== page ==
Denver Broncos Fantasy Football 2020: What to Remember

Drew Lock Denver Broncos waiver wire

The 2020 Denver Broncos were the story of underachieving. There were so many things to get excited about for this iteration of John Elway’s team. They added a bunch of weapons around Drew Lock. This put Lock as being out of excuses. Unfortunately, everything fell apart and Drew Lock probably isn’t as good as we had thought or hoped he would be this season. Is there anything we should remember from their 2020 campaign for our 2021 fantasy football draft season? Other than Courtland Sutton tearing his ACL 31 snaps into the season?

What to Remember from the 2020 Denver Broncos Season
  1. Last year, about Drew Lock, I wrote: “If he shows improvement and a willingness to chuck it downfield more, there’s enough there to put him into sleeper consideration.” Well, he did part of this, but not the other part. Drew Lock ranked third in the NFL in air yards per pass attempt. Basically, only two quarterbacks threw the ball downfield more often than Lock: Tom Brady and Deshaun Watson. Unfortunately, he led the league in a rather terrible stat: the difference between his intended air yards per attempt and his completed air yards. Lock loved to take shots downfield, futilely, before dumping it off underneath and letting the short passes try to keep the team on the field. Drew Lock sat atop this stat, with Carson Wentz (replaced) and Sam Darnold (about to be replaced) coming in second and third.
  2. This next one is a cheat: Courtland Sutton tore his ACL just 31 snaps into the 2020 season. So, let’s recycle some facts from 2019. The Broncos cleared the deck for Courtland Sutton partway through the 2019. They traded Emmanuel Sanders to the 49ers after the week seven loss to the Chiefs. Before this trade, Sutton averaged 5.1 catches, 5.1 catches, and 80.6 yards per game. He was on pace for seven touchdowns. After trading Sanders, Sutton struggled, dropping down to four catches for 60.9 yards per game, on a five touchdown pace. Now that he has WR1 reps under his belt, Sutton should take a big step forward, especially with Jerry Jeudy in tow to “steal” WR1 coverage from him.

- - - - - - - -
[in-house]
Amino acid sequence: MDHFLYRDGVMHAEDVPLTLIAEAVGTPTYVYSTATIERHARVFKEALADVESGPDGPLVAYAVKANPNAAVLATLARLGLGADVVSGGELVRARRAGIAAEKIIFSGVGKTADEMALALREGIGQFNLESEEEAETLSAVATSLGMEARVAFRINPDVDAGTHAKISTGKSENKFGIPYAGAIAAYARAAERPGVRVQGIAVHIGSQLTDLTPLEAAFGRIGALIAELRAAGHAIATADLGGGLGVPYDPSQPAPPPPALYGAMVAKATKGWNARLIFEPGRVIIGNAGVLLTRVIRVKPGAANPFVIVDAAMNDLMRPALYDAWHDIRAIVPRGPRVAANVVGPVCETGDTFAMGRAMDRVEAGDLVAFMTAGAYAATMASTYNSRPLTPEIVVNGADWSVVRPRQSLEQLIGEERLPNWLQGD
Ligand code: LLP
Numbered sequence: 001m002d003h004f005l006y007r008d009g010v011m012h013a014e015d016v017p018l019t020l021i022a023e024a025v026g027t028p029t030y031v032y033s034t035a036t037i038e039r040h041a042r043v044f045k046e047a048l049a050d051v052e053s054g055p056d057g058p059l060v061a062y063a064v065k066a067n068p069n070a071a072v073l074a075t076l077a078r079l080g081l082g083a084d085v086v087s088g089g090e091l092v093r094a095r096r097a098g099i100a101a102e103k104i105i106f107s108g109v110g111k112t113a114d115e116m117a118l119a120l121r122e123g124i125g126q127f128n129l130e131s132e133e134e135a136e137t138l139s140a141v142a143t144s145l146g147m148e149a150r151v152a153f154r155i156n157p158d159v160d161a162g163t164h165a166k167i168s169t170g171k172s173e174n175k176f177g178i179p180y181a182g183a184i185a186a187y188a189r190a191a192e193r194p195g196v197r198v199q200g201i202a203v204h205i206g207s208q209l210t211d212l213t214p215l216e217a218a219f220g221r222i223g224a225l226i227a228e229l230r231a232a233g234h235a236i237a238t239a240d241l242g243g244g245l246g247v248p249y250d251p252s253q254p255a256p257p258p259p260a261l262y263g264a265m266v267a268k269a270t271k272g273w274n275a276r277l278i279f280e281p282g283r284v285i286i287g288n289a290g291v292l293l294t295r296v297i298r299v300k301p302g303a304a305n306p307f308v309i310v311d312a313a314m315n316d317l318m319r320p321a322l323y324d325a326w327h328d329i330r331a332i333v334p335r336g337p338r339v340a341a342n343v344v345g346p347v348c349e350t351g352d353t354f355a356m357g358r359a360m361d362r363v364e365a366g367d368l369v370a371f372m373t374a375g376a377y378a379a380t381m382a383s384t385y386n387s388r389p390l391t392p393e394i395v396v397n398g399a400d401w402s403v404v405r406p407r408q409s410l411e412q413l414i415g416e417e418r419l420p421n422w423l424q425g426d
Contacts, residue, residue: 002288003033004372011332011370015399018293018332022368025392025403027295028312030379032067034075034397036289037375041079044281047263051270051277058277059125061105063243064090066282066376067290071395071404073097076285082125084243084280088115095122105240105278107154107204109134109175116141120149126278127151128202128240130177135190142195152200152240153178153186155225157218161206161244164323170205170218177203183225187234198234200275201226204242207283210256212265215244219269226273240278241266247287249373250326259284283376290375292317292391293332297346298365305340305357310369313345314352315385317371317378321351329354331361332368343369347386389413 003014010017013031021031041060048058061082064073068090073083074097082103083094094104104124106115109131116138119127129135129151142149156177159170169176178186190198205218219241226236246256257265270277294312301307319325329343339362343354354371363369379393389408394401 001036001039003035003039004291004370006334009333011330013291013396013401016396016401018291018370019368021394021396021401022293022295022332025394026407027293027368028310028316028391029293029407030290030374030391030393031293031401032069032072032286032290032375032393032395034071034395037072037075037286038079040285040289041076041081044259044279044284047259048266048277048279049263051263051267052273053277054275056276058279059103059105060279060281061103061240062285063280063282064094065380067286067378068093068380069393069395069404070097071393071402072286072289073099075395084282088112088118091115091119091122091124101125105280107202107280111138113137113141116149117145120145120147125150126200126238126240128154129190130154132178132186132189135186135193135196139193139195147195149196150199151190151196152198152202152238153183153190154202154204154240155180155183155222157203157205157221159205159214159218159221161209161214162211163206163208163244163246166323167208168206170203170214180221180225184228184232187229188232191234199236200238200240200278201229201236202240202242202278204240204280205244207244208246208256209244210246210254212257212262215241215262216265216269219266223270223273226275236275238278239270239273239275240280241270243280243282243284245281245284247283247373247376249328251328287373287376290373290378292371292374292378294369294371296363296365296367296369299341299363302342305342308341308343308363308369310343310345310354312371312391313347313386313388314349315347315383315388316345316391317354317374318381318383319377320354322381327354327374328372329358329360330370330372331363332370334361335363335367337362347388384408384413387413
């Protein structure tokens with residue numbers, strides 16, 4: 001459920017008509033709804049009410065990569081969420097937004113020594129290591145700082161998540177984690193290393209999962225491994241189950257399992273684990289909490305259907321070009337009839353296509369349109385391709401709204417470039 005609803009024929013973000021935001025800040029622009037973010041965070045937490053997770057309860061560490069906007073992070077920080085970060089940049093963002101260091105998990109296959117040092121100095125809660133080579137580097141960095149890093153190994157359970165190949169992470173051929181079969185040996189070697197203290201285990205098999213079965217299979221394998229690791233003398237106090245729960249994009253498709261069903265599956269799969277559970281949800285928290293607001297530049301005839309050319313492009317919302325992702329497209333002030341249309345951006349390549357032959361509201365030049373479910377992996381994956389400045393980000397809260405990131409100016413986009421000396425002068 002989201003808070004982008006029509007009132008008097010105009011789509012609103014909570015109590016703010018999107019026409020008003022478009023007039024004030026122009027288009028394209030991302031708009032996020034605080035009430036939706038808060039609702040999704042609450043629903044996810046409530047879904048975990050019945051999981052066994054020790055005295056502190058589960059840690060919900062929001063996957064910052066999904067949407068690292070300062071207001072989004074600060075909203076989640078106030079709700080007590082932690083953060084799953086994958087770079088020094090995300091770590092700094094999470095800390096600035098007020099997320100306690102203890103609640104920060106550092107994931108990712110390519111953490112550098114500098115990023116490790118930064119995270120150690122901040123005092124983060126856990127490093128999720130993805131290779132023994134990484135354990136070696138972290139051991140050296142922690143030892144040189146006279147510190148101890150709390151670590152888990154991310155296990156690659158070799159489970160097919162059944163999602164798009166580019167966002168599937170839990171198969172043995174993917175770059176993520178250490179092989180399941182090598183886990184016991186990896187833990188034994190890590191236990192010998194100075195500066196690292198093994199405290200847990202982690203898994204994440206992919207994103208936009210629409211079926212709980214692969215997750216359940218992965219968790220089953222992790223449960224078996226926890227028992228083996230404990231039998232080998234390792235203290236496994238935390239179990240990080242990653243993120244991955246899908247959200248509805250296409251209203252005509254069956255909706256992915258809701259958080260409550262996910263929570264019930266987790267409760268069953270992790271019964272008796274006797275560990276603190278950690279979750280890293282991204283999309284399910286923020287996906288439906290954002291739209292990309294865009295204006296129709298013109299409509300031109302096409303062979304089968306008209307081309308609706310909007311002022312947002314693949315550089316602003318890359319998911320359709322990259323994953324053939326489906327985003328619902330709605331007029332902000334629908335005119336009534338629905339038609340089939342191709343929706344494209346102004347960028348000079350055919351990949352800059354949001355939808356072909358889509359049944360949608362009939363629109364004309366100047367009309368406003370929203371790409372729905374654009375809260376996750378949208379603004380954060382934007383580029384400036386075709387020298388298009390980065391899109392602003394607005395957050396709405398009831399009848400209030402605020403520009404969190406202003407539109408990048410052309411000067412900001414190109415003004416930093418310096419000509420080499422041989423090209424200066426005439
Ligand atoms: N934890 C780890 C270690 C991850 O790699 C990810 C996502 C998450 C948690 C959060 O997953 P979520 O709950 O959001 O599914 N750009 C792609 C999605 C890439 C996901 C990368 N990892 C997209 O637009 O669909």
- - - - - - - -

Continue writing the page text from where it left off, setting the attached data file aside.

3. With that in mind, let’s turn to Jerry Jeudy. The rookie wide receiver had some of the most ignominious statistics possible for 2020. He ranked second in unfulfilled air yards, he led the league in incompletions on passes intended for him. At the same time, he received glowing praise not only from pundits but opposing players, for his talent. His route running was off the charts, but his bad hands betrayed him. He ended the year with eight drops, and it felt like all eight came in their week sixteen contest, where three brutal drops cost Jeudy. Things should go better for Jeudy next season, as his hands will improve and his role in the offense (25 deep shots in 2020) should mean more fantasy football production. At least, if Drew Lock is gone.
  4. Noah Fant ended the year as a TE1 in half-PPR, both in total and on a per-game basis. Fant provided at-price value for those who leaned into him in fantasy football drafts, as he went around TE10-12 in most drafts, and finished as TE12. He wasn’t great, but he wasn’t terrible. But at the same time, the Okwuegbunam Effect was real. With Albert O around, Fant averaged 10.3/8.2/6.2 fantasy points in PPR/HPPR/standard. Without Albert O, he averaged 8.7/6.5/4.3. That’s a significant drop but one that is easily explained. One fear was that Lock would… lock… onto his college teammate (Owkuegbunam) in the red zone, to Fant’s detriment. Fant had nearly identical targets, receptions and receiving yards with and without Okwuegbunam. The difference? He scored no touchdowns in the games with Albert Okwuegbunam.
  5. We thought that Melvin Gordon and Phillip Lindsay would end up splitting snaps almost down the middle, with maybe Melvin Gordon taking a slight advantage. Instead, the Denver Broncos took Phillip Lindsay and shoved him down to clear RB2 status on the team. Lindsay crossed the 50% snap threshold just once this season… when Melvin Gordon missed a game in week six. Gordon went under 50% of snaps just once this year, and had at least 60% of snaps in 9-of-15 games this season. Why should you remember this? If someone tells you that Phillip Lindsay potentially leaving in free agency clears up snaps for Melvin Gordon, you can know that they are very incorrect.
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About Jeff Krisko

You can follow me on twitter, @jeffkrisko for the same lukewarm takes you read here.

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